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If you’re into military technology at all, somewhere in the back of your mind, you want laser guns to happen. Because they’re cool. Han Solo cool. Starbuck cool. James T. Kirk cool.
But wanting something to happen is very different from having it happen. And we are still a ways off – like a decade, at the very least, and probably more – from deployable laser weapons.
In 1983 flight trials of the approximately 60t laser device commenced on an Ilyushin Il-76MD heavylift transport. At the same time research was being carried out on the propagation of laser beams in the atmosphere.
Starting at the end of the 1960s, the Russians also developed ground-based nuclear laser systems for combating spacecraft. Unlike the American x-ray lasers, they could be used several times over. The programme was terminated after the USSR announced a unilateral moratorium on trials of the space defence system and the puzzling deaths of the two project managers in the mid-1980s.
The mobile Pamir-SU electro-generator, with an output of 15MW and a mass of around 20t, could supply power to long-range lasers and ultra-high-frequency weapon systems. It could be used both on the Earth and also in space. In 1994/1995 this equipment was sold to the USA.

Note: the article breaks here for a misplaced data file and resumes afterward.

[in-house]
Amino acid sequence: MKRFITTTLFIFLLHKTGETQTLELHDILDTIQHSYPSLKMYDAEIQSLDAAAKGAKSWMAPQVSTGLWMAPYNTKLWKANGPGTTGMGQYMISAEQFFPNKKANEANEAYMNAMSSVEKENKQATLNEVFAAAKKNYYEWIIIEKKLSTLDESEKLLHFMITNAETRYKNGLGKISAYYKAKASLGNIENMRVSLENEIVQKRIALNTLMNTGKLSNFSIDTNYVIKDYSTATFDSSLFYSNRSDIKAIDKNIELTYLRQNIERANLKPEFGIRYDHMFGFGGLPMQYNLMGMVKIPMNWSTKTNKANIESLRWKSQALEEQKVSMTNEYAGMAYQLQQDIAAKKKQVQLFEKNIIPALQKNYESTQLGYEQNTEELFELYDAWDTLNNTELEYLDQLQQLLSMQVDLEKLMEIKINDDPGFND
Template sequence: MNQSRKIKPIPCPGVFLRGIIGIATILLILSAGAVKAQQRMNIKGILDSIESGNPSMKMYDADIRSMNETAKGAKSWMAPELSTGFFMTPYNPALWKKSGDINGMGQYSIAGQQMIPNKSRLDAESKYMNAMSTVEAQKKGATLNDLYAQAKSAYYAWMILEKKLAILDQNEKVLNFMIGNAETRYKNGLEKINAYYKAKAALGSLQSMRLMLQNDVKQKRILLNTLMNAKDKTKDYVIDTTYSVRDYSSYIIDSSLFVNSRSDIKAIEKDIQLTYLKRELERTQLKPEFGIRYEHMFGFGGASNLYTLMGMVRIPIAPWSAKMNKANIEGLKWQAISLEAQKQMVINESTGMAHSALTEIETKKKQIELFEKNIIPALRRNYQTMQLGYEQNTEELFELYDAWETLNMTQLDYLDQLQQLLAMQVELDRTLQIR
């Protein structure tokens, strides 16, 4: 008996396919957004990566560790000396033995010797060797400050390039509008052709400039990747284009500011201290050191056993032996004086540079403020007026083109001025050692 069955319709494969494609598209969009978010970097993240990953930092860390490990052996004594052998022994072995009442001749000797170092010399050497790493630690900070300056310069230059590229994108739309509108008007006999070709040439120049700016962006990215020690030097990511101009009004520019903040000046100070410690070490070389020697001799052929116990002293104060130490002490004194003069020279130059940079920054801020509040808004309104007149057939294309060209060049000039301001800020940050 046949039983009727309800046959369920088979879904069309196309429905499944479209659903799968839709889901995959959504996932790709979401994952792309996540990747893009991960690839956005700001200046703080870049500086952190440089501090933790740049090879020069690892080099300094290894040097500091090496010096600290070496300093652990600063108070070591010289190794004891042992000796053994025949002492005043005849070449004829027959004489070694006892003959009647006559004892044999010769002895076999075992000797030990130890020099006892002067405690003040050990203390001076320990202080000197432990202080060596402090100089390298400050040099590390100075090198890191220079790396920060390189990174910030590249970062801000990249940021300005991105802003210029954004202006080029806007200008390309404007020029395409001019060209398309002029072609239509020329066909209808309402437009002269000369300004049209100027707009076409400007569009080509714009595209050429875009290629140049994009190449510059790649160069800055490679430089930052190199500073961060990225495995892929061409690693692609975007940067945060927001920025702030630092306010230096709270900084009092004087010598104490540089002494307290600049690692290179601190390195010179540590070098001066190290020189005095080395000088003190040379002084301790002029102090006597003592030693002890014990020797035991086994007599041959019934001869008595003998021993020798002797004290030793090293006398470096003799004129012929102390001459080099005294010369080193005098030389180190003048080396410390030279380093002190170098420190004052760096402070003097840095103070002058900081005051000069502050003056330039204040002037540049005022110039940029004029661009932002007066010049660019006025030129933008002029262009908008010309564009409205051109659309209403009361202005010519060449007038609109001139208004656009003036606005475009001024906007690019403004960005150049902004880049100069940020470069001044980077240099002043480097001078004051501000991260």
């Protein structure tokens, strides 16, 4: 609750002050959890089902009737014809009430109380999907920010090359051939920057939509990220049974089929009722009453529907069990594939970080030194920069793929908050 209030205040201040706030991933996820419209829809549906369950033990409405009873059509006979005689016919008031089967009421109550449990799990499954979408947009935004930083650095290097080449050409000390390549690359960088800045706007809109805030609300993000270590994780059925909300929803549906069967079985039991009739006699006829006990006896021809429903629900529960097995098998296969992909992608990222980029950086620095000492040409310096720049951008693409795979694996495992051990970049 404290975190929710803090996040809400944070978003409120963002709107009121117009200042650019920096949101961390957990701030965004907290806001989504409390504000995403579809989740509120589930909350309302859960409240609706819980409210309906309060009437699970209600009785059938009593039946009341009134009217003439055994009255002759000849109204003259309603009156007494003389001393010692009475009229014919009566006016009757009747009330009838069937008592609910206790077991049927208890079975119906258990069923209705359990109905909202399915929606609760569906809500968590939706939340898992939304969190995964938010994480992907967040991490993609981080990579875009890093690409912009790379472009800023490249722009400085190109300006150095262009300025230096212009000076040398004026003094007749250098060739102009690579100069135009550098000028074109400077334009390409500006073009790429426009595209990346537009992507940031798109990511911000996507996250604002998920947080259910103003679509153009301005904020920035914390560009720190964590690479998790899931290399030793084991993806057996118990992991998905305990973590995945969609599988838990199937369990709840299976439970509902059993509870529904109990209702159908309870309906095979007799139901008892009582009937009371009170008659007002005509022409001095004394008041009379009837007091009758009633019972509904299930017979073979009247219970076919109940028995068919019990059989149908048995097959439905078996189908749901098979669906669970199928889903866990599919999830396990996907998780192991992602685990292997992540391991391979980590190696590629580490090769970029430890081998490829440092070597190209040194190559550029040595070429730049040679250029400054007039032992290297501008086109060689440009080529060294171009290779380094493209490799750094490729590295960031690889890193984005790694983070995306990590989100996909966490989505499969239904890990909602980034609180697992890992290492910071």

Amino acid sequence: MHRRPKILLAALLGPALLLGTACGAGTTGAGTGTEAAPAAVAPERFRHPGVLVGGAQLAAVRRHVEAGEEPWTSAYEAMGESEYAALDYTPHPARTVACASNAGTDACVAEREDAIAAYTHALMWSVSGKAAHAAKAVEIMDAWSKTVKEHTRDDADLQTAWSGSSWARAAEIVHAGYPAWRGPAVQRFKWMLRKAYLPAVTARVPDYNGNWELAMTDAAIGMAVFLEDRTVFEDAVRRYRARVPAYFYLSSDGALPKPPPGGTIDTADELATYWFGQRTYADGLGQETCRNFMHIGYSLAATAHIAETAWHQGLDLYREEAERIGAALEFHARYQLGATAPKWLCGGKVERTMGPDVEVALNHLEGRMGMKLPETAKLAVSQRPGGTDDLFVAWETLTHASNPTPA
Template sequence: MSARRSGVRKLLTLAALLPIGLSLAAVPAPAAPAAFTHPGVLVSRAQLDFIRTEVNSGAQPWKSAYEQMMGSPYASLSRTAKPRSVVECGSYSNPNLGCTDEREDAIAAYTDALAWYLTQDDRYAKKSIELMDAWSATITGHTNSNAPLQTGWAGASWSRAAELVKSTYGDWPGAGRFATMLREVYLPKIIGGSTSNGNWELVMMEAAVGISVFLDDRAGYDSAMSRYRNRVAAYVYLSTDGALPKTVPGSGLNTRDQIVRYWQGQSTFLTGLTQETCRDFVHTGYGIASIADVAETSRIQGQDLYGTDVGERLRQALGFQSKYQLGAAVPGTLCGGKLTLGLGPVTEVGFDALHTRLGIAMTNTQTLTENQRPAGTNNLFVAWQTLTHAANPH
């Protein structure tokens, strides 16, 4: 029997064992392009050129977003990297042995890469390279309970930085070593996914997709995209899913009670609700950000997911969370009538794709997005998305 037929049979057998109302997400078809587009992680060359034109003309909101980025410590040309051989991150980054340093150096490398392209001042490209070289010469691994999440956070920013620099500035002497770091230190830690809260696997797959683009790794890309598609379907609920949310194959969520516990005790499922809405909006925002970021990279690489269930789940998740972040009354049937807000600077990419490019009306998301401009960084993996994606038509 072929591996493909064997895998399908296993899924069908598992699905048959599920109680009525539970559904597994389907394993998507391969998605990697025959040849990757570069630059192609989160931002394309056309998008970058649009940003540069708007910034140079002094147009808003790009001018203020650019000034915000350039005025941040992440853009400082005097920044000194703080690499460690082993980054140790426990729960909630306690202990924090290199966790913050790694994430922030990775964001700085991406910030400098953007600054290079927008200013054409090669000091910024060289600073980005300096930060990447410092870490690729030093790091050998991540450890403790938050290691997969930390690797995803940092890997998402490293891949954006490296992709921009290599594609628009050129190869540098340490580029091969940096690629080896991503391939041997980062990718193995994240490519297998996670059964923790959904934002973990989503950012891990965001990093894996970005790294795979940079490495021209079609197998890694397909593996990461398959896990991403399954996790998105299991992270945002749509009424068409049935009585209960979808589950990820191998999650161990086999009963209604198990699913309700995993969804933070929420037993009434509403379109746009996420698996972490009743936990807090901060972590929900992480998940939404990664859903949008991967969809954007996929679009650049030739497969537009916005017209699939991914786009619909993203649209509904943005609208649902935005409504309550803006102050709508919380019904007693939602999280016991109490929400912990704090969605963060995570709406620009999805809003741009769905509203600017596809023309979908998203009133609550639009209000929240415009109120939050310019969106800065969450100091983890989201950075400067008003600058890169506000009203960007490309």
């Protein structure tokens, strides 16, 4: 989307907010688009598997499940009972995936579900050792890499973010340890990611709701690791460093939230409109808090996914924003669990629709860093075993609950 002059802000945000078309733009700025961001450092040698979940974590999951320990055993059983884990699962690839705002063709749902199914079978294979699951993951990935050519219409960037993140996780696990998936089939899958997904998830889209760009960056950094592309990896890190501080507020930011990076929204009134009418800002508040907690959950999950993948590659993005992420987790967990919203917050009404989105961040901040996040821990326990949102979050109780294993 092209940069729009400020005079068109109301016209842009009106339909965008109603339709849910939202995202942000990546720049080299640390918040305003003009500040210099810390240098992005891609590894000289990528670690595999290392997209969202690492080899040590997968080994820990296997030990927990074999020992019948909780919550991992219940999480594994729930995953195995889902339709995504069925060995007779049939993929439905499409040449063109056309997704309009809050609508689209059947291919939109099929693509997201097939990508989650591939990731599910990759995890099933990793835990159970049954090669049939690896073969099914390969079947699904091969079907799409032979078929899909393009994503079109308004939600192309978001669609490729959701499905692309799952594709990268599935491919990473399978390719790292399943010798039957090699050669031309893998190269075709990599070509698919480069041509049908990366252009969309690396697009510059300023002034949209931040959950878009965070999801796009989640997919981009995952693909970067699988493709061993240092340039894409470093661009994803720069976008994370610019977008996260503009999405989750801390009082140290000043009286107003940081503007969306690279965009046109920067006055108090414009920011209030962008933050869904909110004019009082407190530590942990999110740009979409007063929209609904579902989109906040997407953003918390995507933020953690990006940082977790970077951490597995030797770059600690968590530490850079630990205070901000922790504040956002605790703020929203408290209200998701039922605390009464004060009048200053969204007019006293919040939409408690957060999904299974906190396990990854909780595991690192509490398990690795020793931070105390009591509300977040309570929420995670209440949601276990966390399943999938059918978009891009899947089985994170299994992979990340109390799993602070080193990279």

The U.S. military operational community does not
widely appreciate the progress that has been made
in increasing SSL power levels. As noted earlier,
the three corporations participating in DoD’s Joint
High-Powered Solid-State Laser Program either
have achieved or will shortly achieve 25-kilowatt
power levels with solid-state lasers in a laboratory
environment.3 While this is far from the 100 kW
range that the DoD’s High Energy Laser Joint
Technology Office believes is necessary for a tactical
laser to be effective, this work is viewed by many
in the industry as promising. As technology progresses,
weight might emerge as a problem as it is
estimated that reaching an objective power-to-mass
ratio would result in a laser system weighing
about 11,000 pounds4, much heavier than would
be feasible for some of the uses described above.
However, some in industry argue that technological
advances could reduce the weight of a SSL laser
of optimal power to less than 4,000 pounds.